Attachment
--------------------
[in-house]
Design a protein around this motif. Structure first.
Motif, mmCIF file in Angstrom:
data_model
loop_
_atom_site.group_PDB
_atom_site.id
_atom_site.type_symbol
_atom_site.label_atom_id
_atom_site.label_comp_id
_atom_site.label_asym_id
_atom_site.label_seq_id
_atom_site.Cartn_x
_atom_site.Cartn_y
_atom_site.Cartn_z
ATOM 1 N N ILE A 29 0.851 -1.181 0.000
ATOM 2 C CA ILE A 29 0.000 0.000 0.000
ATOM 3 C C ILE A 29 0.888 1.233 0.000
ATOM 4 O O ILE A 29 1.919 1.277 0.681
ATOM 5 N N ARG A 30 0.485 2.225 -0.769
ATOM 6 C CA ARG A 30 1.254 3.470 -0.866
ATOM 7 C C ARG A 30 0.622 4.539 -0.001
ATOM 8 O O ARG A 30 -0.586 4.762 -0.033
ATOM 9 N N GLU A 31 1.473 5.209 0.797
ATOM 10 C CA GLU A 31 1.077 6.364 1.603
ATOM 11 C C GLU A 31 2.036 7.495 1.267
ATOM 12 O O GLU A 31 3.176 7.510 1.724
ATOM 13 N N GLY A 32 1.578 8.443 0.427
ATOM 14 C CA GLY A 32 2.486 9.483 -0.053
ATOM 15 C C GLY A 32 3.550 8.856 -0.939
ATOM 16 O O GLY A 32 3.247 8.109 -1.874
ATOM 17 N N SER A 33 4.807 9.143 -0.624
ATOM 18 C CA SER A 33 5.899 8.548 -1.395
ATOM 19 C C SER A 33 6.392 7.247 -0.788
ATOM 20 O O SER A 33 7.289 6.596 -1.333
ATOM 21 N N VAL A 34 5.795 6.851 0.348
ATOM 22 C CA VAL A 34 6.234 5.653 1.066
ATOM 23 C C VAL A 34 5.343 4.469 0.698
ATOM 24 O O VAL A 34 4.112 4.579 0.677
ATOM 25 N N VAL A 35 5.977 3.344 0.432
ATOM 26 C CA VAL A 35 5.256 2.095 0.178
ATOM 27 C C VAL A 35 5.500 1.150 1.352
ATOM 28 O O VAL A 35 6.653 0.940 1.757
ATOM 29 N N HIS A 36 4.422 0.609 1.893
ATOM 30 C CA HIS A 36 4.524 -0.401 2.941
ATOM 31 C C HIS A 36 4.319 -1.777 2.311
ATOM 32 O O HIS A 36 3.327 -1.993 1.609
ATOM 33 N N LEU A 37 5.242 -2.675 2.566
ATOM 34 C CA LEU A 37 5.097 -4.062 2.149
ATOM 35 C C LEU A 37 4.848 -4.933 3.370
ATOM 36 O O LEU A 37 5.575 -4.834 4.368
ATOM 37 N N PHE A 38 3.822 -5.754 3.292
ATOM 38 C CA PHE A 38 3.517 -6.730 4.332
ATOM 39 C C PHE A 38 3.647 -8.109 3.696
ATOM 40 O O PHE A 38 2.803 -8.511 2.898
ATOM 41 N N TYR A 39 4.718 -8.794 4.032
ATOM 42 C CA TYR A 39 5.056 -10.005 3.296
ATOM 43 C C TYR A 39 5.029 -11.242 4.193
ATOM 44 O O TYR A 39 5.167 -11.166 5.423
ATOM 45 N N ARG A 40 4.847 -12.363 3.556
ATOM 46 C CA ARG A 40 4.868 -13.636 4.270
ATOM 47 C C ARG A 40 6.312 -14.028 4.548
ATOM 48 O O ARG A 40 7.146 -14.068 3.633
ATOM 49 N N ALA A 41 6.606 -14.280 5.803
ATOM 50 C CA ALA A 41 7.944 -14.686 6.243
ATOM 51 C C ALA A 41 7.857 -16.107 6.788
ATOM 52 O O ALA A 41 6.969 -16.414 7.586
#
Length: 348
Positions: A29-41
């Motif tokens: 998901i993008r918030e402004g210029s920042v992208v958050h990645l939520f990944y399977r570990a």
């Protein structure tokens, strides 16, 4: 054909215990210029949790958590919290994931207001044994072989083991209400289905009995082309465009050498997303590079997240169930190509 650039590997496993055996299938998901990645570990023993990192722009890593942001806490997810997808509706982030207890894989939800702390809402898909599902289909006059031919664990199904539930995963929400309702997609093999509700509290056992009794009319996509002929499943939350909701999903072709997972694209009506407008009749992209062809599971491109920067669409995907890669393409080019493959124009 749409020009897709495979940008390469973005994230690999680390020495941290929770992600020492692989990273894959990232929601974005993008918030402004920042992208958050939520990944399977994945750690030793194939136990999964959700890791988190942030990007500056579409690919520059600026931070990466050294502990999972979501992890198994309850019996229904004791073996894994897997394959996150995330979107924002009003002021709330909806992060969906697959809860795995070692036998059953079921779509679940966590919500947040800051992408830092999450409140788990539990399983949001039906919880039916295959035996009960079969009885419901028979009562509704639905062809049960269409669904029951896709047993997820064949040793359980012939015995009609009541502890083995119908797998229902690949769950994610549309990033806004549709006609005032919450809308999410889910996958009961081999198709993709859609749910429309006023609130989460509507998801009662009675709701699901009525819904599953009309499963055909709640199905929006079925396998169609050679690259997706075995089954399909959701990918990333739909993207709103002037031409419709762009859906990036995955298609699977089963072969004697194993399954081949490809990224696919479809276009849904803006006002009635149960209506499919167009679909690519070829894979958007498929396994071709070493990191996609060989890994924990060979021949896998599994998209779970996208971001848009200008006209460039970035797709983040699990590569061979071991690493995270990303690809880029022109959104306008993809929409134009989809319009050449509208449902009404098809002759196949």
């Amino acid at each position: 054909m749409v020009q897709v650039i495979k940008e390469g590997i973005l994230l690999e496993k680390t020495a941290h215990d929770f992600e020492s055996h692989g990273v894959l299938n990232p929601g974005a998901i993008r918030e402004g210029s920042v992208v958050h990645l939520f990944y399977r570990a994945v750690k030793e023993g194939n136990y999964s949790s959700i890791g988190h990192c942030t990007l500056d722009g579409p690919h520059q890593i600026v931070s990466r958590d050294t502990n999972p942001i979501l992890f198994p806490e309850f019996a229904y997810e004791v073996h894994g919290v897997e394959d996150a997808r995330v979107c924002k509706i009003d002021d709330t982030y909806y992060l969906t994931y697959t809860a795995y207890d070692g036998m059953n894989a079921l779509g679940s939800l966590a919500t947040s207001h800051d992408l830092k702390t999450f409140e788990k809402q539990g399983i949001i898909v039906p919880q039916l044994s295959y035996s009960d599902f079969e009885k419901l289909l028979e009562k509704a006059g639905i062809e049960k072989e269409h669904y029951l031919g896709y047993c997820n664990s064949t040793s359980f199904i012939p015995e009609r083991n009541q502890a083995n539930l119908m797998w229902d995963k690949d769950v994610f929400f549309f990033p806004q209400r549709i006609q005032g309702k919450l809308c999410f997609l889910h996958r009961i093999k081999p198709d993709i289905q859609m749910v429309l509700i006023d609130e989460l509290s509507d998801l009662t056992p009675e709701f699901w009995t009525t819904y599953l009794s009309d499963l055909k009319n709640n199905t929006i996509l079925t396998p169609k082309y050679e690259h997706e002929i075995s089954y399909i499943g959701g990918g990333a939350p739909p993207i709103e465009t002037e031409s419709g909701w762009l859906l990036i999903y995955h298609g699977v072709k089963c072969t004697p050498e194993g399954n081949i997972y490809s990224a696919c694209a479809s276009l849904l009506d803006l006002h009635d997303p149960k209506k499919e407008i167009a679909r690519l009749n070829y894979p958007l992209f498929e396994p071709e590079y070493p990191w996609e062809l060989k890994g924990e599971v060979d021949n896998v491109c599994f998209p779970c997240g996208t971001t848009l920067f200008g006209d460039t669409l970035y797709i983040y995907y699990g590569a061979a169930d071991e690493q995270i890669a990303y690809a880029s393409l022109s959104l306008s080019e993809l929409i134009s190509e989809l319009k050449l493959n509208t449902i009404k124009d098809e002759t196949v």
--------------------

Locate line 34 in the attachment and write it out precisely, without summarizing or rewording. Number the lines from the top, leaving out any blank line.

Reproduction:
ATOM 19 C C SER A 33 6.392 7.247 -0.788